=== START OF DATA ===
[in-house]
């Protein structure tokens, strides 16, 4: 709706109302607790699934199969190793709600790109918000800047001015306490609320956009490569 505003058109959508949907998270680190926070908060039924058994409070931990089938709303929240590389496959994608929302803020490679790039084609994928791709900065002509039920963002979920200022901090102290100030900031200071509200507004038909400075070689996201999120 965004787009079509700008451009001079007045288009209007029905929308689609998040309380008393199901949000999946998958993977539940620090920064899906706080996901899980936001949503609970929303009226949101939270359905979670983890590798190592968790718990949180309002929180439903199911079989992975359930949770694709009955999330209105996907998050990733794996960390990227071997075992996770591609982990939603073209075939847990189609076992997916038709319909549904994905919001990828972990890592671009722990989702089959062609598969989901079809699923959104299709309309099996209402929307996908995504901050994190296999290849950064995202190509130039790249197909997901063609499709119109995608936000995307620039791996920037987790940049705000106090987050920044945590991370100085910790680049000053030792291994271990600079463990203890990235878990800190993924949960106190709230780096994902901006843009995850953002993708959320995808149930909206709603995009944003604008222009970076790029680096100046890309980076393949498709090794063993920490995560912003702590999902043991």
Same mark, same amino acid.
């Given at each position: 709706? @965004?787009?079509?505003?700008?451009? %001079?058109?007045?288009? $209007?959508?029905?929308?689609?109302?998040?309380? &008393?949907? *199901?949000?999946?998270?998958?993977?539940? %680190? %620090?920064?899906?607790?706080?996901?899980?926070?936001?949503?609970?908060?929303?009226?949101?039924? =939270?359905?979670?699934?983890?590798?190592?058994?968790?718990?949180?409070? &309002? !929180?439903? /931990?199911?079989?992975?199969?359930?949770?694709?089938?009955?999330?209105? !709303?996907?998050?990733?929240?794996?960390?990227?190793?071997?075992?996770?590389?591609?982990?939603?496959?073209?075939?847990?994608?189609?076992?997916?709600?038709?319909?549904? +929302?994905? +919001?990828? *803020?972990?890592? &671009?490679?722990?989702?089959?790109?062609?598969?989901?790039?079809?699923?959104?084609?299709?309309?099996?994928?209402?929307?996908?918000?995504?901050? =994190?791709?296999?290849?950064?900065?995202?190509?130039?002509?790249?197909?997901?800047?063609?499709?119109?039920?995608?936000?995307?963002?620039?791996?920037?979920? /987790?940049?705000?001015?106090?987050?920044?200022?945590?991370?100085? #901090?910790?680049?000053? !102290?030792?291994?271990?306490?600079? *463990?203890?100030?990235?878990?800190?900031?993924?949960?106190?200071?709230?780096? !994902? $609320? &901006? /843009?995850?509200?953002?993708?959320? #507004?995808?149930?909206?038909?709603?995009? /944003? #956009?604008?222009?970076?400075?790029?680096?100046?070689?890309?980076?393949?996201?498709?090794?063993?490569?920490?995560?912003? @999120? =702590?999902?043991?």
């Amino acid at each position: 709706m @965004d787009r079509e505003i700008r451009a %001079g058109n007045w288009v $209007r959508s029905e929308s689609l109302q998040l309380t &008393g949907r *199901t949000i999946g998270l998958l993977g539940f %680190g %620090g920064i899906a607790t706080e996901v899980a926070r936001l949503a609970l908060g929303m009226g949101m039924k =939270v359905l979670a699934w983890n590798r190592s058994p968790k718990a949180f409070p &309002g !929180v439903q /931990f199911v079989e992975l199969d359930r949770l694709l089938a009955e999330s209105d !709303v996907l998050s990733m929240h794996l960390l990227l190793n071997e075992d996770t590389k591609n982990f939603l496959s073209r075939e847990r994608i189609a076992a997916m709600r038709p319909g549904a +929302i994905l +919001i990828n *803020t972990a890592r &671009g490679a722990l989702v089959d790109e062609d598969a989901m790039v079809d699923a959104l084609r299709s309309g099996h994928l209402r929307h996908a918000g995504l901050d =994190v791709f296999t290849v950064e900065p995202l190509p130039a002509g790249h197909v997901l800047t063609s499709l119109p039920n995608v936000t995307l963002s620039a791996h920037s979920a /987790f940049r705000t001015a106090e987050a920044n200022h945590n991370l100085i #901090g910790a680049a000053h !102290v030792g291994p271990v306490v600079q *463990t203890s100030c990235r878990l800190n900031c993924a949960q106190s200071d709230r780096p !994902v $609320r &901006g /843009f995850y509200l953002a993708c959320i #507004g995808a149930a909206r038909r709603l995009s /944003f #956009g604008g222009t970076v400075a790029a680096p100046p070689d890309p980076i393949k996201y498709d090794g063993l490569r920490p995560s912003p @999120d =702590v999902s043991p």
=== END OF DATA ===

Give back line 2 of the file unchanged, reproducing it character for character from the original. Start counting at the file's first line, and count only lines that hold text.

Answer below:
């Protein structure tokens, strides 16, 4: 709706109302607790699934199969190793709600790109918000800047001015306490609320956009490569 505003058109959508949907998270680190926070908060039924058994409070931990089938709303929240590389496959994608929302803020490679790039084609994928791709900065002509039920963002979920200022901090102290100030900031200071509200507004038909400075070689996201999120 965004787009079509700008451009001079007045288009209007029905929308689609998040309380008393199901949000999946998958993977539940620090920064899906706080996901899980936001949503609970929303009226949101939270359905979670983890590798190592968790718990949180309002929180439903199911079989992975359930949770694709009955999330209105996907998050990733794996960390990227071997075992996770591609982990939603073209075939847990189609076992997916038709319909549904994905919001990828972990890592671009722990989702089959062609598969989901079809699923959104299709309309099996209402929307996908995504901050994190296999290849950064995202190509130039790249197909997901063609499709119109995608936000995307620039791996920037987790940049705000106090987050920044945590991370100085910790680049000053030792291994271990600079463990203890990235878990800190993924949960106190709230780096994902901006843009995850953002993708959320995808149930909206709603995009944003604008222009970076790029680096100046890309980076393949498709090794063993920490995560912003702590999902043991």